Europe's heaviest-ever cargo carrier to the International Space Station undocked on Monday after completing its mission, and will burn up in Earth's atmosphere on Saturday, the NASA space agency said.
Filled with about six tonnes of garbage and waste produced on board the ISS, the Automated Transfer Vehicle (ATV) separated from the ISS at 0855 GMT, when it was orbiting at about 420 kilometres (260 miles) over Kazakhstan, said a NASA statement.
Dubbed Albert Einstein, Europe's fourth ATV to service the ISS will hover at a safe distance from the orbiting space station until Saturday, when an engine firing will send it back to the Earth's atmosphere for a planned, complete destruction over an uninhabited area of the Pacific Ocean.
The lifeline craft—the size of a double-decker bus—was rocketed into space from Europe's spaceport in Kourou, French Guiana, on June 5 and docked with the ISS 10 days later.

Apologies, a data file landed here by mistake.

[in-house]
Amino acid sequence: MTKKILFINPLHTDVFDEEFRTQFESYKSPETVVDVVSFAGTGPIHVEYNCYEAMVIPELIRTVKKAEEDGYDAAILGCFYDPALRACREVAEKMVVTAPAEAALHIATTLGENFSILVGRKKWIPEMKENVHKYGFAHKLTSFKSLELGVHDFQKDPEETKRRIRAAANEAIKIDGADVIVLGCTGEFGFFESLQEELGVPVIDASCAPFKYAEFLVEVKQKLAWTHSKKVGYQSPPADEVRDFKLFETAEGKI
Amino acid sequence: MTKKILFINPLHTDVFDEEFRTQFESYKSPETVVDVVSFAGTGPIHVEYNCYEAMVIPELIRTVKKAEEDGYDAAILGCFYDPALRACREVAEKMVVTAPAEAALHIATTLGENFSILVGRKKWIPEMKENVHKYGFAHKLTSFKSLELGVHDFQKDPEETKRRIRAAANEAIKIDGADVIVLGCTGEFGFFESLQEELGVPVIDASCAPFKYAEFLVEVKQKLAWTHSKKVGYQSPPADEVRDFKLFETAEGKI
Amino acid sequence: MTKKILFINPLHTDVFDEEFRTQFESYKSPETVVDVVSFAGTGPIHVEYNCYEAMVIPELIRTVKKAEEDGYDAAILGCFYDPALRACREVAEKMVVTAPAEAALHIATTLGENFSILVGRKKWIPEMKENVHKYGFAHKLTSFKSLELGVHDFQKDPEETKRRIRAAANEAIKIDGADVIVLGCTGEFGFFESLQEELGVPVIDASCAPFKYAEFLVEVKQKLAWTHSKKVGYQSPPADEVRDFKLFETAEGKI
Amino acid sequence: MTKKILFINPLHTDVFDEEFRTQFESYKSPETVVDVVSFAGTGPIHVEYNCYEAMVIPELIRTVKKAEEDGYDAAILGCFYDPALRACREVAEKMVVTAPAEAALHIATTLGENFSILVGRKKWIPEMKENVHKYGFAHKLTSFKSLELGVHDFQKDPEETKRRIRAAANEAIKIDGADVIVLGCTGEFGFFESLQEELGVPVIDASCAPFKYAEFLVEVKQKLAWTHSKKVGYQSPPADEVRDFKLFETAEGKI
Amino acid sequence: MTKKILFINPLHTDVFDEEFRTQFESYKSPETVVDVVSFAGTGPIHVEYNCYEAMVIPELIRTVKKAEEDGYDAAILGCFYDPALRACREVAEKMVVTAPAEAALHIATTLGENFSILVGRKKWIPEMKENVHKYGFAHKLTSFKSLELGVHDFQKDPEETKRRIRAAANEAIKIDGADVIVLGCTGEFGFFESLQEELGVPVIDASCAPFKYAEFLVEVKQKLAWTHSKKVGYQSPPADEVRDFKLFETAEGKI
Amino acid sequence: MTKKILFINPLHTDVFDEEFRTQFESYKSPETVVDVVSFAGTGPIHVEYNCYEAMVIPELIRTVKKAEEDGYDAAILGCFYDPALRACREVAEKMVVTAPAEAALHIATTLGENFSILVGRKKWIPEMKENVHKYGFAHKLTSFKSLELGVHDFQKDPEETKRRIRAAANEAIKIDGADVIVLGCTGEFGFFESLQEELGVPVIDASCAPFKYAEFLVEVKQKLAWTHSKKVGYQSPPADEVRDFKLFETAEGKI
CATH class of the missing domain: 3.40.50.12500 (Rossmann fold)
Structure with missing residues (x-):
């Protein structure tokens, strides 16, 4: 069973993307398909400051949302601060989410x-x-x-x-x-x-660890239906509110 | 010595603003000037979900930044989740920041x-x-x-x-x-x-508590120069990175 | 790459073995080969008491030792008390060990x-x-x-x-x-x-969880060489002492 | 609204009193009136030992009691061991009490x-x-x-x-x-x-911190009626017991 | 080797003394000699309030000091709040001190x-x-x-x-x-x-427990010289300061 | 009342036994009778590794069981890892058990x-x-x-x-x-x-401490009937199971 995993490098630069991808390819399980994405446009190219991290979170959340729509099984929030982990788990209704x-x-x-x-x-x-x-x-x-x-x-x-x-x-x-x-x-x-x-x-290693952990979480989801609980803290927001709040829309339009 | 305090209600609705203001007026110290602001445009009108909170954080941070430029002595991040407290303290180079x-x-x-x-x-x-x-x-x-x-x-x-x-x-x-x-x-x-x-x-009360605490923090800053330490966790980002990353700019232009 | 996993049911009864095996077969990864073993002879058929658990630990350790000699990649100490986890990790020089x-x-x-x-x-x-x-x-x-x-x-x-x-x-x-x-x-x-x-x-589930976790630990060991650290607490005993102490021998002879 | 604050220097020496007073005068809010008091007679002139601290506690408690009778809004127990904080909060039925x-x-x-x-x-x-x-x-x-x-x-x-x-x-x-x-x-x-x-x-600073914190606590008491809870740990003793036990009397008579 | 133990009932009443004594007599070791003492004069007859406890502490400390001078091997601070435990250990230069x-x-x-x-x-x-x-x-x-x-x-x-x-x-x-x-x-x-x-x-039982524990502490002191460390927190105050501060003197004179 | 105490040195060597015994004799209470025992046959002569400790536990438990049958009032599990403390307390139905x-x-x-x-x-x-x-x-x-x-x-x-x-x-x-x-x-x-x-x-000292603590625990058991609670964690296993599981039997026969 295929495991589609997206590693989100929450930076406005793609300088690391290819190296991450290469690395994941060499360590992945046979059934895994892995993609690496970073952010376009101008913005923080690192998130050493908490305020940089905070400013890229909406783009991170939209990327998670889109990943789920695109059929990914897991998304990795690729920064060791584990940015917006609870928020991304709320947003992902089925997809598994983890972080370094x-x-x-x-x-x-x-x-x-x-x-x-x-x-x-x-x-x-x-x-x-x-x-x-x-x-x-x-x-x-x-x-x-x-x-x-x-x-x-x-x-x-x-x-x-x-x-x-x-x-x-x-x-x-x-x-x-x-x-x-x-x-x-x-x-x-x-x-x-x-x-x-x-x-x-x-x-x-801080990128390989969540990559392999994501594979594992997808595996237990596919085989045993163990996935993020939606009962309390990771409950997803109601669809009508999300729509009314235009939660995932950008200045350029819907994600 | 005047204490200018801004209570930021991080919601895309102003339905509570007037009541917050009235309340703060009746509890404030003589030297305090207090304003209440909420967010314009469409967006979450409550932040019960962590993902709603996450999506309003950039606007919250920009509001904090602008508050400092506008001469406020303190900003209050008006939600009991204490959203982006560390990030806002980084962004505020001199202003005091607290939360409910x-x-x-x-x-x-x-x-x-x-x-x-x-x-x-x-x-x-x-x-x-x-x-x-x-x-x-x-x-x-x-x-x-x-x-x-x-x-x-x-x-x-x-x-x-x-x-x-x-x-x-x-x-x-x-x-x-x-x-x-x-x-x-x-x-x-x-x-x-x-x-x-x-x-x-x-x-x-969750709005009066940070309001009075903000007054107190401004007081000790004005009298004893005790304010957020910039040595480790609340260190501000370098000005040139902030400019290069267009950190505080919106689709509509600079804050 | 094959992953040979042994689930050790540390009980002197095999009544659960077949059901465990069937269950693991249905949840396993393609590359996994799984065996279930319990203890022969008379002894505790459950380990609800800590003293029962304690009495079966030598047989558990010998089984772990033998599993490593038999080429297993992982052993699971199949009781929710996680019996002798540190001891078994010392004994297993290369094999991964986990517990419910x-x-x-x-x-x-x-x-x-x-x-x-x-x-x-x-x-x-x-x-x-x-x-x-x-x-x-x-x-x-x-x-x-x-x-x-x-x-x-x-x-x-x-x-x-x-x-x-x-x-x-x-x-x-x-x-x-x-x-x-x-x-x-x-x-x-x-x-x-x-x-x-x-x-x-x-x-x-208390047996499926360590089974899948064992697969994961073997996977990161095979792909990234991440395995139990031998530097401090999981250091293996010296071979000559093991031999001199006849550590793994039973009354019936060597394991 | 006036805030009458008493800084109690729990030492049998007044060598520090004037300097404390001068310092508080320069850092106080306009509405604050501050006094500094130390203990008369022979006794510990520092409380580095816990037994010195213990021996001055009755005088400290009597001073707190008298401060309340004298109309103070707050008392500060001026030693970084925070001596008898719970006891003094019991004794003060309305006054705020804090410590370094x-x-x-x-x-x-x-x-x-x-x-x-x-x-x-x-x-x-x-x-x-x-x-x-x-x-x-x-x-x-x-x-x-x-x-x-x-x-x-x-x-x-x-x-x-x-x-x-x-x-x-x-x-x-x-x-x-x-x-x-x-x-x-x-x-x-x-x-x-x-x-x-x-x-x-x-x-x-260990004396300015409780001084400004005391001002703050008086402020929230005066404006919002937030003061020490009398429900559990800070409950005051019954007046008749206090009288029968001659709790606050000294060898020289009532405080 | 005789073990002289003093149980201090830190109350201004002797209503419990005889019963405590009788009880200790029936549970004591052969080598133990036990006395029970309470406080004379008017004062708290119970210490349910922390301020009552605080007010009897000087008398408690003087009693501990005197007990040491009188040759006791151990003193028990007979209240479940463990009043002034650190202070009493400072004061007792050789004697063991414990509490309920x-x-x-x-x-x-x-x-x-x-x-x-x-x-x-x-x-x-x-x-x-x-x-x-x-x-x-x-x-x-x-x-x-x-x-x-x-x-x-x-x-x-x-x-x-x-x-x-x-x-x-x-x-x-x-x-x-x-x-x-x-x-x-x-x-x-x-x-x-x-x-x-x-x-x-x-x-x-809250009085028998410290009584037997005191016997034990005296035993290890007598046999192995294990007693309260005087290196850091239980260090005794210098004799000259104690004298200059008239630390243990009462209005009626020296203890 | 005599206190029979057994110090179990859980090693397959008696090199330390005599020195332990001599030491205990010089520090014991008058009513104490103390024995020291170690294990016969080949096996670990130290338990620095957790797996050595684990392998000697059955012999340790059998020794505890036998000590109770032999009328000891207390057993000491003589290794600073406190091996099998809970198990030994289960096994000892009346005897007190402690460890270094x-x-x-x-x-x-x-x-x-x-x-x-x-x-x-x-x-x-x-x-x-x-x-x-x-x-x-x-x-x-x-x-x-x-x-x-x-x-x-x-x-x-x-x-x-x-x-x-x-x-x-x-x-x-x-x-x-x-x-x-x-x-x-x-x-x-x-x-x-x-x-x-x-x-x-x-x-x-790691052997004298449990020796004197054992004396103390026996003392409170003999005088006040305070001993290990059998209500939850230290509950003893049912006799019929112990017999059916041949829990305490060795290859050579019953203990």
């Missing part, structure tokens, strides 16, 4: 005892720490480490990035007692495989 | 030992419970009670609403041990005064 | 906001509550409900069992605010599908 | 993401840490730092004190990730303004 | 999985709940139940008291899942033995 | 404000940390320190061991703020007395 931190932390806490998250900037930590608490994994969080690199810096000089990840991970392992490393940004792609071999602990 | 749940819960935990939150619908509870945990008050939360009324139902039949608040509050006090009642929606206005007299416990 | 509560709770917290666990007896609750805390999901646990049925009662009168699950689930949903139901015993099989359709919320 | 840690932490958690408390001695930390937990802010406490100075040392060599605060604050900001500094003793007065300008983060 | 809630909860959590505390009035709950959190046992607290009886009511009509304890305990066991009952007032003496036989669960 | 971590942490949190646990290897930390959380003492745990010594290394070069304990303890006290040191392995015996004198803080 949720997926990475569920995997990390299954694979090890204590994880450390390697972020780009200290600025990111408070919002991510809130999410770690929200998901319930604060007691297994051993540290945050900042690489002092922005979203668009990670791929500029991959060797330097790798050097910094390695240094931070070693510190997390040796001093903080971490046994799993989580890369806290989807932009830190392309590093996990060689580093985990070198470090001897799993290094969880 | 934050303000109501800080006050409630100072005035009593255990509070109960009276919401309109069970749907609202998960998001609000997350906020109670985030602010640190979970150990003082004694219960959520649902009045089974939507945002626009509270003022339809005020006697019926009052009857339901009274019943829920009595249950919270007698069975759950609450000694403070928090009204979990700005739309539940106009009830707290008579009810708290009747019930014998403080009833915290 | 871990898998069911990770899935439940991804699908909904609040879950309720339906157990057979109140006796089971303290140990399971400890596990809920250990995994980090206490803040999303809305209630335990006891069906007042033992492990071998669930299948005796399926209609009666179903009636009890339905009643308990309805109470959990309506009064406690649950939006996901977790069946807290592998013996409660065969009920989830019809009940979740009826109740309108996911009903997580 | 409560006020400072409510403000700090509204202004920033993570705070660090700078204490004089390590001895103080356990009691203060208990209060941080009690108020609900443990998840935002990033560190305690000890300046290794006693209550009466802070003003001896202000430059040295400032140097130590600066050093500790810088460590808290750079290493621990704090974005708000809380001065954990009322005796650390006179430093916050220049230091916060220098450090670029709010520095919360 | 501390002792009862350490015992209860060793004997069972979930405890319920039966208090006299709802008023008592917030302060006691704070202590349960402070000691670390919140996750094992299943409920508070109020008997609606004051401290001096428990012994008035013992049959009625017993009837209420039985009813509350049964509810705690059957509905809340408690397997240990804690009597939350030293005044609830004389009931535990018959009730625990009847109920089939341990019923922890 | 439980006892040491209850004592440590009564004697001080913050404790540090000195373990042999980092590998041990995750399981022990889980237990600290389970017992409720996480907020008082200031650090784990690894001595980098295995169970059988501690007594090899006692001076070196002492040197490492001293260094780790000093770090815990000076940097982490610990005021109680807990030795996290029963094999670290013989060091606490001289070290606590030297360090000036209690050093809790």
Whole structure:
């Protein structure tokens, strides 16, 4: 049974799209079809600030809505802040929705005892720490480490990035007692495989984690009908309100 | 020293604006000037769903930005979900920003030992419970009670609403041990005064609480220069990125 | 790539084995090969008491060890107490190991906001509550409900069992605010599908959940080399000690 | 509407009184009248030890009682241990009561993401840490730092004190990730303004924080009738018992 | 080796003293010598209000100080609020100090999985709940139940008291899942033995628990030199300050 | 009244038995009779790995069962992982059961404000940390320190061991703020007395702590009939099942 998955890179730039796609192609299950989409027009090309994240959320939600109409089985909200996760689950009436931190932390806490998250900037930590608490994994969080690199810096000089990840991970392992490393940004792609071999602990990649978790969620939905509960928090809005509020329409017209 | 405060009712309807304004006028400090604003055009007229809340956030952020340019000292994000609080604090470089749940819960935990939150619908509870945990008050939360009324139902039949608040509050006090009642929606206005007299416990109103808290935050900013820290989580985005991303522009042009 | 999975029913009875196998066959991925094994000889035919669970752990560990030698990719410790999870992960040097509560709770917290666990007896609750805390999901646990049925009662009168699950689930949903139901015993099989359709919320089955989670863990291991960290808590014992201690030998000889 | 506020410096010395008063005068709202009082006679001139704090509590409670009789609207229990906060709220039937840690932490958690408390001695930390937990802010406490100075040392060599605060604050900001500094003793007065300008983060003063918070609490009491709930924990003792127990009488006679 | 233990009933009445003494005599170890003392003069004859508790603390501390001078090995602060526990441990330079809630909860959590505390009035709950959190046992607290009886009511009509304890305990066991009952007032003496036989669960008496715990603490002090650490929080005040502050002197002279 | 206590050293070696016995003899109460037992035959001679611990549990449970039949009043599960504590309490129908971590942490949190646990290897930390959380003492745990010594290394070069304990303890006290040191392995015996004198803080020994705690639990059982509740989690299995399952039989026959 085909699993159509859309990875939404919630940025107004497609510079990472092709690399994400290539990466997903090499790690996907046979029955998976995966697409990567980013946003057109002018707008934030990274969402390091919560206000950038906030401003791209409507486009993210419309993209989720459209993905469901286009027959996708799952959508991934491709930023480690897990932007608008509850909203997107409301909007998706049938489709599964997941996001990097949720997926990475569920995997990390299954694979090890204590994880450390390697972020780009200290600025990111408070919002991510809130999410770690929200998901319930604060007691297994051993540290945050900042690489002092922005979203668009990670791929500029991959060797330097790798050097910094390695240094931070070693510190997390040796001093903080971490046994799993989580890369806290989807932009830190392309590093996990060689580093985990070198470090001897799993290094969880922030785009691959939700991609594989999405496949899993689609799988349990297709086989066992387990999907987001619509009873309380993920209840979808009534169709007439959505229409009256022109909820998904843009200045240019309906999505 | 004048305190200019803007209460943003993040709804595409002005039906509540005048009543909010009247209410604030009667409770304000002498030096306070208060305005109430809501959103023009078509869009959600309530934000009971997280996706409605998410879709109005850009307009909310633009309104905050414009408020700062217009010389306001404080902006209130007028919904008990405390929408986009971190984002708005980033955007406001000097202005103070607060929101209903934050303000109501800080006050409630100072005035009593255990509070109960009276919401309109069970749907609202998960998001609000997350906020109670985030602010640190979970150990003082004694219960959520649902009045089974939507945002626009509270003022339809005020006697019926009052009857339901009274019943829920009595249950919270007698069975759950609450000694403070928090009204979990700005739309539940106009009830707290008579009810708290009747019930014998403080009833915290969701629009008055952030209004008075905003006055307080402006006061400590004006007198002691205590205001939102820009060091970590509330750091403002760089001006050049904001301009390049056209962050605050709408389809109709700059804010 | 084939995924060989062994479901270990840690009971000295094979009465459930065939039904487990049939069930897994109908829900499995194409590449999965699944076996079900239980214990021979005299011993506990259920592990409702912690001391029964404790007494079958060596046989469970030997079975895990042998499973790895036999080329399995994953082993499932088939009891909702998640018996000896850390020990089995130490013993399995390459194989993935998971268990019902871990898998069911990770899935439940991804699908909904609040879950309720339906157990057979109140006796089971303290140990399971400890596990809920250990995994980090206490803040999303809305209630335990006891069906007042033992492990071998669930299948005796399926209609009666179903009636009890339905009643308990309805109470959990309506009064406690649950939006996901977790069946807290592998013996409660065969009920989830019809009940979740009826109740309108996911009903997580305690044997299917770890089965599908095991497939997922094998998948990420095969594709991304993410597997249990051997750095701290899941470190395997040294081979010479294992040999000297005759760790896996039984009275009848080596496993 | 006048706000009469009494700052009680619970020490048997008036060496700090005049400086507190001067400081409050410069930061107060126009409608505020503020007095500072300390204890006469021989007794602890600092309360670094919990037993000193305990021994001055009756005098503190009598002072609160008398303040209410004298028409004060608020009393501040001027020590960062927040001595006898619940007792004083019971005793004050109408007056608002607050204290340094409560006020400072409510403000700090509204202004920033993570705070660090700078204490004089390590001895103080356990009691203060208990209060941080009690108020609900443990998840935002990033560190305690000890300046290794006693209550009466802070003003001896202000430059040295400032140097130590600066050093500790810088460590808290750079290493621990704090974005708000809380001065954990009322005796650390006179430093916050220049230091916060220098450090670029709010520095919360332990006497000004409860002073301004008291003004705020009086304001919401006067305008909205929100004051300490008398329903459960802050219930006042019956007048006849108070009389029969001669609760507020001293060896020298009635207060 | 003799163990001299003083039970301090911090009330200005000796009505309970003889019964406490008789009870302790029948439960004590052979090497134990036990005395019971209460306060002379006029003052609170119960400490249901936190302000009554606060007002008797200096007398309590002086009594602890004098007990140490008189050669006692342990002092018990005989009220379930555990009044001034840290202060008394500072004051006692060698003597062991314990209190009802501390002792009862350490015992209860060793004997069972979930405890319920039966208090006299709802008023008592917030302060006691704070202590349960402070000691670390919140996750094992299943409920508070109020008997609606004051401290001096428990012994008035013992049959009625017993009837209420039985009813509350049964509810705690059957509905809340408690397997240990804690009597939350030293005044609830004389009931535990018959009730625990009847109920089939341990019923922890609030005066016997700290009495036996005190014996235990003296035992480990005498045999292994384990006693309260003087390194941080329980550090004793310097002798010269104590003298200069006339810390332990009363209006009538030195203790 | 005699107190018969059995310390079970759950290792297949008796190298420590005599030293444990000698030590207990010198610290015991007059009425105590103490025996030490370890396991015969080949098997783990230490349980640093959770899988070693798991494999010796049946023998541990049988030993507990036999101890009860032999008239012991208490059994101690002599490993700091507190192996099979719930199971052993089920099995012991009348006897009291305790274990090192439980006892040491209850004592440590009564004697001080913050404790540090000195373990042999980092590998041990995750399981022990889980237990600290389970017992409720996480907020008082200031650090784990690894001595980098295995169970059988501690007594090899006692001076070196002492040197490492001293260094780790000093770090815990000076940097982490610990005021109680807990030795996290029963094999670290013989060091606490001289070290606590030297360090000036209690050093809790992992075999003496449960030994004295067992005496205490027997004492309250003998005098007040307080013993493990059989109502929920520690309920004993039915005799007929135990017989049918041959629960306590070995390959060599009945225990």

It ferried a record cargo of about seven tonnes to the ISS—food, fuel, water, oxygen, science experiments and special treats for the orbiting crew.
At nearly 20.2 tonnes, the European Space Agency's penultimate cargo delivery to the ISS was the heaviest payload ever launched by an Ariane rocket. It also left the station with the largest-ever amount of waste, said an ESA statement.
The unmanned vessel is 10 metres (33 feet) long and 4.5 metres (15 feet) in diameter.
One of its key functions was to boost the ISS, constantly falling towards Earth due to atmospheric resistance, back into a higher orbit.
The Albert Einstein followed the hi-tech trail of three others since 2008 that also carried the names of science gurus—the Jules Verne, the Johannes Kepler and the Edoardo Amaldi.
It will be followed next year by the last in ESA's ATV series—the George Lamaitre named for the father of the Big Bang theory of the Universe's creation.
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